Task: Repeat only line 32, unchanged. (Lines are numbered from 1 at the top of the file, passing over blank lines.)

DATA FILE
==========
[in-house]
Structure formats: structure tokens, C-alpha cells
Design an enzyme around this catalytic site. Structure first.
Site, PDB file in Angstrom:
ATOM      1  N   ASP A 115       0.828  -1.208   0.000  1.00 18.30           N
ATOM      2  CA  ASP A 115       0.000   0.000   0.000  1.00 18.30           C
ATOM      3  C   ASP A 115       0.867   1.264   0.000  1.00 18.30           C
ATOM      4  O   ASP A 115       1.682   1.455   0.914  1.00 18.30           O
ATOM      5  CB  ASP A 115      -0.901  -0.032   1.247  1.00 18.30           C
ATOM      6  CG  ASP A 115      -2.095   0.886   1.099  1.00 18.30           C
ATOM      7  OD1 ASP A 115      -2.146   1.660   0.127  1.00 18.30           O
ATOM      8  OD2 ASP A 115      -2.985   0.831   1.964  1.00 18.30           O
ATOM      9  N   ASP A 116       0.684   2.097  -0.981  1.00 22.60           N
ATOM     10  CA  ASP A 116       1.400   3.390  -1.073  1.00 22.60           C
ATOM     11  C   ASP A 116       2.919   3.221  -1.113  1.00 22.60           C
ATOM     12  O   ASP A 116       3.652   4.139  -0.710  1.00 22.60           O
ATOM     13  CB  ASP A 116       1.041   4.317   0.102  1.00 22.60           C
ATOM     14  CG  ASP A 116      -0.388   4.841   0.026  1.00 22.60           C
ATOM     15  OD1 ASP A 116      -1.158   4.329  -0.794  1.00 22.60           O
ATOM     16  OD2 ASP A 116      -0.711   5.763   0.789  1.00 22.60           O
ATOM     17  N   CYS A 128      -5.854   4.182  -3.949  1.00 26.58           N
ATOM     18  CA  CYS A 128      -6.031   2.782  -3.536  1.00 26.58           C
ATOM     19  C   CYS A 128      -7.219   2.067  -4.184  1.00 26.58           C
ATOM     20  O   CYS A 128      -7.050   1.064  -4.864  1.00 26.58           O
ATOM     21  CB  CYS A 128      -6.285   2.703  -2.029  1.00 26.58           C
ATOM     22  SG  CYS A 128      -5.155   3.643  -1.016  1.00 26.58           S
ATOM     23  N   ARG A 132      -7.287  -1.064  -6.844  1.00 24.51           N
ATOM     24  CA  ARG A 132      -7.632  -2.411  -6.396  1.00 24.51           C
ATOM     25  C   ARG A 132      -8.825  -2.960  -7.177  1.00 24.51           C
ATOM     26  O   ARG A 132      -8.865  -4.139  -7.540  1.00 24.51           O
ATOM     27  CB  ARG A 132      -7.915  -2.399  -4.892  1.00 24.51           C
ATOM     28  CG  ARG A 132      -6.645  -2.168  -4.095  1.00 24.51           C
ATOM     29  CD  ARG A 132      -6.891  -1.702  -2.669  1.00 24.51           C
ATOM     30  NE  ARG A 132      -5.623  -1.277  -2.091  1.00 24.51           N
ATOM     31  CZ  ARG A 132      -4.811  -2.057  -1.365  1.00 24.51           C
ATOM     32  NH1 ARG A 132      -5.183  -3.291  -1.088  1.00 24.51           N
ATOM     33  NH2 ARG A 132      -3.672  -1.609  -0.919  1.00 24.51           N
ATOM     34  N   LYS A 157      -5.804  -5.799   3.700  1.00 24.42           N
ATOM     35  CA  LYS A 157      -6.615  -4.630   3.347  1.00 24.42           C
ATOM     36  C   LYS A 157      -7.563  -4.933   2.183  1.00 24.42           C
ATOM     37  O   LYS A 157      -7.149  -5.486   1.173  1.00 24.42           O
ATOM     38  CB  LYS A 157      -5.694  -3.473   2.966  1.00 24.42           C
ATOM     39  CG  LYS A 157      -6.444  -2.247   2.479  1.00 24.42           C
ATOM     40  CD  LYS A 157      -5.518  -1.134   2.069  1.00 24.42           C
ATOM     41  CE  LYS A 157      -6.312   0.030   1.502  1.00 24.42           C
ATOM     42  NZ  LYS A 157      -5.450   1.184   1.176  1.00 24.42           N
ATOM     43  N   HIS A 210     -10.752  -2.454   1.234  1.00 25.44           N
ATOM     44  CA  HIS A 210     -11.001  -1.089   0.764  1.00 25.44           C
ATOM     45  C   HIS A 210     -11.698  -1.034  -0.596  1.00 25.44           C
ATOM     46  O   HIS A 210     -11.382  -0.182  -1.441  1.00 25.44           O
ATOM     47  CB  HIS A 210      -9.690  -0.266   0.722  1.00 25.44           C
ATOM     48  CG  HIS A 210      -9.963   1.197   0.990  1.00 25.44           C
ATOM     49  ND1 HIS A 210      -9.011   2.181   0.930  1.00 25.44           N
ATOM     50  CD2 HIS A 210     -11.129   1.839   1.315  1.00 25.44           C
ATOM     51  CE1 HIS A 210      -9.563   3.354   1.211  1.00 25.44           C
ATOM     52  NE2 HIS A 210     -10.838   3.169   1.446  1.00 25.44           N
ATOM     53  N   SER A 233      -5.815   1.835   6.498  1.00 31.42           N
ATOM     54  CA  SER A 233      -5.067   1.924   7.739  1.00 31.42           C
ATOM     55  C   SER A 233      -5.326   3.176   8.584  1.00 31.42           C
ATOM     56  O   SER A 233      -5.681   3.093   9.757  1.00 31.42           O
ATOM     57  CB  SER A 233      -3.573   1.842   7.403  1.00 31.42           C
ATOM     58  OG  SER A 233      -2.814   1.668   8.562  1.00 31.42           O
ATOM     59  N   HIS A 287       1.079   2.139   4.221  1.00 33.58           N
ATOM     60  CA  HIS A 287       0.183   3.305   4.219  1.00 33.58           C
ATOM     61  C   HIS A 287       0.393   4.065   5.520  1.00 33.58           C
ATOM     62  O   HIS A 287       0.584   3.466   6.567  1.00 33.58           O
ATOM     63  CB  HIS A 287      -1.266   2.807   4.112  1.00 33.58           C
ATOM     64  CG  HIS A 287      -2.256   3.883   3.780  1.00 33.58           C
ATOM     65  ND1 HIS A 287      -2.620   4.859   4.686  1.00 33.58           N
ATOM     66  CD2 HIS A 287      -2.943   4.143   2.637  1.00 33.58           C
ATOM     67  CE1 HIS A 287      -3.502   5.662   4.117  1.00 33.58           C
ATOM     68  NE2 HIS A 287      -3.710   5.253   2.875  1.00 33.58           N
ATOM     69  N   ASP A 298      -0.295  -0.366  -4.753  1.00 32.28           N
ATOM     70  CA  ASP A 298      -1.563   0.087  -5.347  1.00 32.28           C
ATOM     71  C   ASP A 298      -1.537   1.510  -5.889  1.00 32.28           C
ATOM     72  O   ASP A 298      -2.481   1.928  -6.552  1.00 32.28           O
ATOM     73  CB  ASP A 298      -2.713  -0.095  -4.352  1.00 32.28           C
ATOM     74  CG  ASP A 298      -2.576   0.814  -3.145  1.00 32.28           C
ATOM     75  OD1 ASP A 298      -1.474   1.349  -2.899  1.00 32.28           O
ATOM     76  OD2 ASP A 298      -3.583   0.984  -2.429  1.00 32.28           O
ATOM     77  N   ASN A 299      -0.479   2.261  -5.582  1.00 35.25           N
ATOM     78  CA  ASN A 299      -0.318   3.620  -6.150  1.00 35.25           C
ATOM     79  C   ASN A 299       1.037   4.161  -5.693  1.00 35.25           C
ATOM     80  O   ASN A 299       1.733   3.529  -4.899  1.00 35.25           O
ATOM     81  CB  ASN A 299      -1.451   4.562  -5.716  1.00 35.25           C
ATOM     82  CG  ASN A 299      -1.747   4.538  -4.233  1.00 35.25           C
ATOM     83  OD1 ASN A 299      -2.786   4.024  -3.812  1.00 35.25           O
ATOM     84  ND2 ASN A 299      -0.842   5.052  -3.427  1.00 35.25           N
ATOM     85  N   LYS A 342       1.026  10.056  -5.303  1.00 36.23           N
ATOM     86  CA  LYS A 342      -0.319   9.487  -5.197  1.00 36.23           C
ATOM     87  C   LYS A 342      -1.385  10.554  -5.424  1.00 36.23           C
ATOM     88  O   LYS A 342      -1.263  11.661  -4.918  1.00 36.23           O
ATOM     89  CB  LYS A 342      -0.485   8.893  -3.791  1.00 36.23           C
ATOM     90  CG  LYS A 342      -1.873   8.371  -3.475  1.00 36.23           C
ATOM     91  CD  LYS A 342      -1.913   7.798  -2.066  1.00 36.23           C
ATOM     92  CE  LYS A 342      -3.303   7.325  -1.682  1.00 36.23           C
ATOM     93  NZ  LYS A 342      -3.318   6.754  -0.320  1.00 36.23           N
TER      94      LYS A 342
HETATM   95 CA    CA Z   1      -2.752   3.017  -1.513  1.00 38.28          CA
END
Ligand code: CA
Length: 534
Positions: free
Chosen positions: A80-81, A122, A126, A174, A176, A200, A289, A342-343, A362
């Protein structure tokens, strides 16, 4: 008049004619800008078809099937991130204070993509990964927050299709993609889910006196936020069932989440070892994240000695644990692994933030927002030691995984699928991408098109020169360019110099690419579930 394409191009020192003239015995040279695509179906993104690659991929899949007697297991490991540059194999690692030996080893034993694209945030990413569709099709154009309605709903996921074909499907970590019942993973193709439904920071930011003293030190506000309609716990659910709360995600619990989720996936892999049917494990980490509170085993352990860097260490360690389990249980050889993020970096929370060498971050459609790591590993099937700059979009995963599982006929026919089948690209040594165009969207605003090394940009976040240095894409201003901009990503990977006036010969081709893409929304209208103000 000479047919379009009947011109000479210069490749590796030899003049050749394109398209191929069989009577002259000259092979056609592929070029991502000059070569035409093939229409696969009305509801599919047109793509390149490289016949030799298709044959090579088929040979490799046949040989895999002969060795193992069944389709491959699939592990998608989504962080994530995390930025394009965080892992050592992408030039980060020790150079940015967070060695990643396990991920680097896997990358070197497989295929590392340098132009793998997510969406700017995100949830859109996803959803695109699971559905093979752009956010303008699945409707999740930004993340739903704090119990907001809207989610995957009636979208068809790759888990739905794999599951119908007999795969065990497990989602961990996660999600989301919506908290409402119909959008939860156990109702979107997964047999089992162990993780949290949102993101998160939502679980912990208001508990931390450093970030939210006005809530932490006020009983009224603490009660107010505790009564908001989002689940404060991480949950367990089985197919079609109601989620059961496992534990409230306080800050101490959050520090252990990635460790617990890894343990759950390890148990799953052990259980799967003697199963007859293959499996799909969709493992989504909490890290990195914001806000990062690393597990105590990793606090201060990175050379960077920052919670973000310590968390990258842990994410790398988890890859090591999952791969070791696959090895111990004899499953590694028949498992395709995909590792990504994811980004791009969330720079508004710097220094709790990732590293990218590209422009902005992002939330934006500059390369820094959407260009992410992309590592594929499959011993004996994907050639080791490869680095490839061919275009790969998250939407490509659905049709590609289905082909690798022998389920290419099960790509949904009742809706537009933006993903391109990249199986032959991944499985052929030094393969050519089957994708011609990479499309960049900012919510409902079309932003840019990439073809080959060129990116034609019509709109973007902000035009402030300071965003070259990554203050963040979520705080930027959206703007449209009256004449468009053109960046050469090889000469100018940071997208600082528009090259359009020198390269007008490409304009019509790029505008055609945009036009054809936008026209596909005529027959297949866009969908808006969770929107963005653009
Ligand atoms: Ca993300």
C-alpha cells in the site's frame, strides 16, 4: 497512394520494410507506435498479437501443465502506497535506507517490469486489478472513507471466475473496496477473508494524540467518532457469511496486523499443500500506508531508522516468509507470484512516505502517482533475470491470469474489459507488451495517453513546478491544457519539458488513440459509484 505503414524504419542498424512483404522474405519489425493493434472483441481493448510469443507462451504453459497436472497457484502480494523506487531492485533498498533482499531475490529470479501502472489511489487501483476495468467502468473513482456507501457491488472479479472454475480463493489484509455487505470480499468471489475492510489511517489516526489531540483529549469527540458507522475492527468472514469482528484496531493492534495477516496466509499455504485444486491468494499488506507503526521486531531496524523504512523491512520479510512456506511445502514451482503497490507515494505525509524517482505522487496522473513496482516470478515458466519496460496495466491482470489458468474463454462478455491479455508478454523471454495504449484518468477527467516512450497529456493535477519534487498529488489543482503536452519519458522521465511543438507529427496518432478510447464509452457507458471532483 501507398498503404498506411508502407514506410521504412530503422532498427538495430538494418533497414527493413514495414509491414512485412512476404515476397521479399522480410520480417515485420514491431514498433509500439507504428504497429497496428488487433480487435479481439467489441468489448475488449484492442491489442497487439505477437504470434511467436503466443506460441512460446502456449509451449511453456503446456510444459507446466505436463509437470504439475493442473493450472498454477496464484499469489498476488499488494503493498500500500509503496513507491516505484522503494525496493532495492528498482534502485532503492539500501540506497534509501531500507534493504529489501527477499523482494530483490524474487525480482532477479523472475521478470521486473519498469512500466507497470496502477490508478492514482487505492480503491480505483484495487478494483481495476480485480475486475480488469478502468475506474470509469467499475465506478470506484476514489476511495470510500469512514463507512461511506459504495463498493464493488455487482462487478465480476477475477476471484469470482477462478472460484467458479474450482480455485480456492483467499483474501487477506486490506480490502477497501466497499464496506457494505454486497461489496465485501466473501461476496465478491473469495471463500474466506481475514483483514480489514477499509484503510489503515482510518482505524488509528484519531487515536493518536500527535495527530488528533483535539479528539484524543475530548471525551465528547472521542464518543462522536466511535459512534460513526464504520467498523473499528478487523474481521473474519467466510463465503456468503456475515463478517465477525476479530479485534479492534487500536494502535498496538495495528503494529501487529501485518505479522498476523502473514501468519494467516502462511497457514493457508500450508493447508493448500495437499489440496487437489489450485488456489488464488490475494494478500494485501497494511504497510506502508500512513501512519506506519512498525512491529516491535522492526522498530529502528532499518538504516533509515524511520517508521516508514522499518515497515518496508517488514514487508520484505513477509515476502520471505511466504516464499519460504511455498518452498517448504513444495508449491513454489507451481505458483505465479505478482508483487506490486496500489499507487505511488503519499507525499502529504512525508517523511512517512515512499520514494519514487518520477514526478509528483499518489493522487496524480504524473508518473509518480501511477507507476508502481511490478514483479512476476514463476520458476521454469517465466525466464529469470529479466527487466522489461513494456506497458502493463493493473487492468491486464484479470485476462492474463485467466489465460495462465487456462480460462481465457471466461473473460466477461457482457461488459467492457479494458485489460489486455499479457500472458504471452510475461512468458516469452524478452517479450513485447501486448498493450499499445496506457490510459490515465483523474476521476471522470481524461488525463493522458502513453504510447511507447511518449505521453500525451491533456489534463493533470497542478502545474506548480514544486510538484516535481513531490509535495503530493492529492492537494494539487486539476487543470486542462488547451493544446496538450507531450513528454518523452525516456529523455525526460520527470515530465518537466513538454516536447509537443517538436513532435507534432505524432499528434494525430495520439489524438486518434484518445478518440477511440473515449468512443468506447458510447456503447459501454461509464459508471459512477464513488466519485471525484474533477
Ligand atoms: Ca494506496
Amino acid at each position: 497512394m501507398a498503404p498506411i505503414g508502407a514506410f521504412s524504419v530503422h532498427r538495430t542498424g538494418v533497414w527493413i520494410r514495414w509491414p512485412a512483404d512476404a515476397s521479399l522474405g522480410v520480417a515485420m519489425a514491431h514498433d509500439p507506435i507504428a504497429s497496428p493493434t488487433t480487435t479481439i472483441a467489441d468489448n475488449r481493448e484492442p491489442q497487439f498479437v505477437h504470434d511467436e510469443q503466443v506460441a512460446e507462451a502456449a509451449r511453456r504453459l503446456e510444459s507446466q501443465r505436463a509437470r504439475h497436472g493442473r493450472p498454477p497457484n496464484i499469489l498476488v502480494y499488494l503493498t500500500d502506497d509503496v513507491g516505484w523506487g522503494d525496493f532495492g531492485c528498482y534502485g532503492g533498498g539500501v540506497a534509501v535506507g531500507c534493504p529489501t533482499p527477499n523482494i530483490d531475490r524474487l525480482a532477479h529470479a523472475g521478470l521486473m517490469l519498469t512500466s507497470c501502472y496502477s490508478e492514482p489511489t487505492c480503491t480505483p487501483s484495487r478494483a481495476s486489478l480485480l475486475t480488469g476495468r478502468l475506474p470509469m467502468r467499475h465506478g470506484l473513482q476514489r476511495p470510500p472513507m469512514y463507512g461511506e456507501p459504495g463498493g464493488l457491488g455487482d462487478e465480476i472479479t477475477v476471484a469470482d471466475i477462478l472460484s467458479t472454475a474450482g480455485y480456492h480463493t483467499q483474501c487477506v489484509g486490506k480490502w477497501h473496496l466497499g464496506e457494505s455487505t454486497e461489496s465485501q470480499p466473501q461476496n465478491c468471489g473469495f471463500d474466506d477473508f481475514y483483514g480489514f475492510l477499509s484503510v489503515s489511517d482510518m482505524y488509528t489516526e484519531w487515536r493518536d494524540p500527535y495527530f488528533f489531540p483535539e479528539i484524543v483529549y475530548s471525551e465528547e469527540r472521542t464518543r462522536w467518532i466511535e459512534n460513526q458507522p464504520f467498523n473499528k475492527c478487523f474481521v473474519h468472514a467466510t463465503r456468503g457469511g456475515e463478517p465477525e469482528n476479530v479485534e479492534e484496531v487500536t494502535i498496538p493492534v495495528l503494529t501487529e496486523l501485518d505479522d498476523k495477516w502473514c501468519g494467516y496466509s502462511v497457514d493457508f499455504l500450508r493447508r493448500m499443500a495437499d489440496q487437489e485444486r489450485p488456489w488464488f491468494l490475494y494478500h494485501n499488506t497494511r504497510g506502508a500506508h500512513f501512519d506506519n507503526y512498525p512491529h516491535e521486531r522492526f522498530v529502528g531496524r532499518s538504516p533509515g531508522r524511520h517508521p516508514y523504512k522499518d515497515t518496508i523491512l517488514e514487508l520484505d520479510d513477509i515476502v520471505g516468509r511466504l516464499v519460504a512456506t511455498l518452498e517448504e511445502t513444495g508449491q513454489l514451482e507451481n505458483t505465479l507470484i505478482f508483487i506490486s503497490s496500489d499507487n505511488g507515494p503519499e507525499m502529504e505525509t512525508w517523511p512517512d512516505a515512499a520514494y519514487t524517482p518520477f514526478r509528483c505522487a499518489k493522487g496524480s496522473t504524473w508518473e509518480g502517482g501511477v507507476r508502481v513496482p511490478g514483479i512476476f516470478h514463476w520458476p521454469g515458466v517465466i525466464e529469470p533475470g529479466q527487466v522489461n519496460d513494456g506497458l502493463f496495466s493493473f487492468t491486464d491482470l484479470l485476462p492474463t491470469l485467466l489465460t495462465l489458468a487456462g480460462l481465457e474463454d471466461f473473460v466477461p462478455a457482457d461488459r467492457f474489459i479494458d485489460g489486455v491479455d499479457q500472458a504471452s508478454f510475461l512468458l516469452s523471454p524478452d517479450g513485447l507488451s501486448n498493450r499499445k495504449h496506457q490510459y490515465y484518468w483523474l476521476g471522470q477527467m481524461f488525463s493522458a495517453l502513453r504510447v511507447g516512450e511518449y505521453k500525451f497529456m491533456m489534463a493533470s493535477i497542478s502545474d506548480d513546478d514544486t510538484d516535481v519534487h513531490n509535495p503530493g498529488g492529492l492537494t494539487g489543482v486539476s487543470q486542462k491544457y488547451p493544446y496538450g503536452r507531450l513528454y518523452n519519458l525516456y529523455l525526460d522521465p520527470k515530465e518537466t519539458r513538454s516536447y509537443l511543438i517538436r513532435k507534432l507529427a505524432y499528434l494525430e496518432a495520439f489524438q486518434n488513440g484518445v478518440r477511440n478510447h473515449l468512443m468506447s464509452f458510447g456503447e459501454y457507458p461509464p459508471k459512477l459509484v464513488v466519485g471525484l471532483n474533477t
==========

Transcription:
ATOM     28  CG  ARG A 132      -6.645  -2.168  -4.095  1.00 24.51           C